The film is set in late 1960s New York City, where being openly gay meant facing discrimination and violence. The story follows Danny, a young gay man seeking acceptance and freedom in Greenwich Village. As he becomes part of the vibrant LGBTQ+ community, Danny becomes involved in the Stonewall uprising, a series of protests sparked by police raids on the Stonewall Inn.

Stonewall offers viewers a deeper understanding of the struggles faced by the LGBTQ+ community and emphasizes the importance of continued support and advocacy. Its authenticity and emotional depth make it a thought-provoking and impactful cinematic experience that resonates long after the credits roll. It emphasizes the power of unity and solidarity, illustrating how a marginalized community found strength in coming together to fight against oppression.

Stonewall is a landmark film that sheds light on the Stonewall riots, showcases the strength of the LGBTQ+ community, and pays homage to the visionary work of director Nigel Finch. Its enduring relevance and powerful message make it a must-see for anyone interested in LGBTQ+ history, activism, and the pursuit of equal rights for all.

Milk (2008)

Milk, directed by Gus Van Sant, is a remarkable film that recounts the inspiring life of Harvey Milk, the first openly gay elected official in California. Released in 2008, the film masterfully captures the essence of Milk’s activism and the struggles faced by the LGBTQ+ community in the 1970s. With a captivating narrative and outstanding performances, Milk is a cinematic masterpiece that continues to resonate with audiences today.

Gus Van Sant, an accomplished American director known for his distinct artistic vision and socially conscious filmmaking, brings his unique style to the story of Harvey Milk. With an eclectic filmography that includes Good Will Hunting and Elephant, Van Sant has consistently explored diverse themes and narratives.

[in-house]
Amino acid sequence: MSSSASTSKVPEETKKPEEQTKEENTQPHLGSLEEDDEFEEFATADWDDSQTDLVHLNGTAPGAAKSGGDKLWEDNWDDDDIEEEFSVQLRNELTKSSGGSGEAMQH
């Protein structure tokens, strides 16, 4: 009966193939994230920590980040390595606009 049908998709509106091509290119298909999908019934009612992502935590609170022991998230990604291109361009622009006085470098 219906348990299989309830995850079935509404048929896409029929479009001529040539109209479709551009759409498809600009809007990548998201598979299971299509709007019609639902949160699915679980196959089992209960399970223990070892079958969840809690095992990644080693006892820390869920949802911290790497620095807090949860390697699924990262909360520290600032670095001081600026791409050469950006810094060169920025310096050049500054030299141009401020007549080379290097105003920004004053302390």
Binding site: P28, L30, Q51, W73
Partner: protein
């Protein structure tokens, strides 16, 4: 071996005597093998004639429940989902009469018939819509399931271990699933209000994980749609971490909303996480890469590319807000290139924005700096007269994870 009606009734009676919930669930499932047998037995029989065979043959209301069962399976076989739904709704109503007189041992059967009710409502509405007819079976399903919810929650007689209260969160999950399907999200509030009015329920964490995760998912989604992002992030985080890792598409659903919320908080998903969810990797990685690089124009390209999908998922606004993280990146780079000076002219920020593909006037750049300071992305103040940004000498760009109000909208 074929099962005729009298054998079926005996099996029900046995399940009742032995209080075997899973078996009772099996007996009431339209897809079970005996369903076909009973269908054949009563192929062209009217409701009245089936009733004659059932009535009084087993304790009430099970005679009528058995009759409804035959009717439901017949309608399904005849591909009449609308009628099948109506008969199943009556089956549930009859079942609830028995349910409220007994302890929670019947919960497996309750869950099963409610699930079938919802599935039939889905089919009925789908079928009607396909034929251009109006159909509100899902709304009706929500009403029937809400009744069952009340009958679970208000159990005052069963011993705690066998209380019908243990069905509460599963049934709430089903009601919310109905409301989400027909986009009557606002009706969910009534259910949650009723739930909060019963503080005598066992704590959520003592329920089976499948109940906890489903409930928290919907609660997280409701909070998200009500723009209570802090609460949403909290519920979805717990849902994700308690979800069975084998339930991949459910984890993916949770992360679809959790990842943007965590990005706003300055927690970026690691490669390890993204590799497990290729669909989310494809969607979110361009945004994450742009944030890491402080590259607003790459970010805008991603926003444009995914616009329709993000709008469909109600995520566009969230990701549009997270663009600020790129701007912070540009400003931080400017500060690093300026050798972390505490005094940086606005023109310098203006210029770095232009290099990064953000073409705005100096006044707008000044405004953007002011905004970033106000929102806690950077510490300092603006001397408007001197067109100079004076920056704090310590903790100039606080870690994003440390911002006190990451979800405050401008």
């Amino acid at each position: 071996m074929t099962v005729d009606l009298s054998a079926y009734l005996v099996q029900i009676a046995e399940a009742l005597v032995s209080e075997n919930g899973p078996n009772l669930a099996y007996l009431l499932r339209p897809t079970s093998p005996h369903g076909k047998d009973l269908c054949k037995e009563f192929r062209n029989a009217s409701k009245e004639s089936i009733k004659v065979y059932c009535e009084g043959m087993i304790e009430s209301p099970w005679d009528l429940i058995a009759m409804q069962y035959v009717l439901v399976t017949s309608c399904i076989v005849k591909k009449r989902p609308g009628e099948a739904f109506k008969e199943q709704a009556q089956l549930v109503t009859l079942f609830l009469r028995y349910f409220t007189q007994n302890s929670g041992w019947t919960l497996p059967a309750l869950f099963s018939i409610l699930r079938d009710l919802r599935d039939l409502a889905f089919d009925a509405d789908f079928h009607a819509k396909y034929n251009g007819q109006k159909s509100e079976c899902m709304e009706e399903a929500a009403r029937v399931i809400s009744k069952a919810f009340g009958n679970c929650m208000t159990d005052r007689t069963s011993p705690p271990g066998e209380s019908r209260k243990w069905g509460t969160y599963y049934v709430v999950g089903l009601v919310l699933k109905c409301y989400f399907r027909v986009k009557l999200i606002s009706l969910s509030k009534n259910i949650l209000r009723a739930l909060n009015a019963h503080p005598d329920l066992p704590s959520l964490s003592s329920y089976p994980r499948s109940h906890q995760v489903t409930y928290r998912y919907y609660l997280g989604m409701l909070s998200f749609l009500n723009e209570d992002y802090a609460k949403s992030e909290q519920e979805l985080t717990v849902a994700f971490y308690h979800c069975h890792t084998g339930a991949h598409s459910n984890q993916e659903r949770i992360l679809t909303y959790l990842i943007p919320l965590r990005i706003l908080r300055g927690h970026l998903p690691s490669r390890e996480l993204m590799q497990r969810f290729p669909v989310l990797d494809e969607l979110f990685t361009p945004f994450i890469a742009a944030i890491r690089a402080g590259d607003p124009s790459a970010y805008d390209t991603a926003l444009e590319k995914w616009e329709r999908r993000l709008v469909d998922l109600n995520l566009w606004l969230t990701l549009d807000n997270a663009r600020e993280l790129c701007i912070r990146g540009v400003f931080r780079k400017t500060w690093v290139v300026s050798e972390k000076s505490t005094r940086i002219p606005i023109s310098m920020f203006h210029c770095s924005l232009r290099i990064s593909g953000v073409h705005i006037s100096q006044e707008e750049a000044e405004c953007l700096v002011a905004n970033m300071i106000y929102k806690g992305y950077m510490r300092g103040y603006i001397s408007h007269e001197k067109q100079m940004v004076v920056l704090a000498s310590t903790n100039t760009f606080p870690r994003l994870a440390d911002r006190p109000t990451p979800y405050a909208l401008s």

The film revolves around the true story of Harvey Milk (played by Sean Penn) and his relentless pursuit of equal rights for the LGBTQ+ community. The film takes us on a journey from Milk’s early involvement in community activism to his historic election as a city supervisor in San Francisco. It delves into the challenges faced by Milk and his colleagues, as they combat prejudice, hatred, and political resistance. The narrative expertly weaves together personal struggles, triumphs, and the impact of Milk’s groundbreaking political achievements.

Milk is an emotionally charged and thought-provoking film that pays homage to a true icon of the LGBTQ+ rights movement. Through its exceptional direction, powerful performances, and resonant themes, the film captures the essence of Harvey Milk’s inspiring journey. By immersing audiences in the struggle for equality, Milk serves as a testament to the power of activism and the importance of embracing one’s authentic self.

Pride (2014)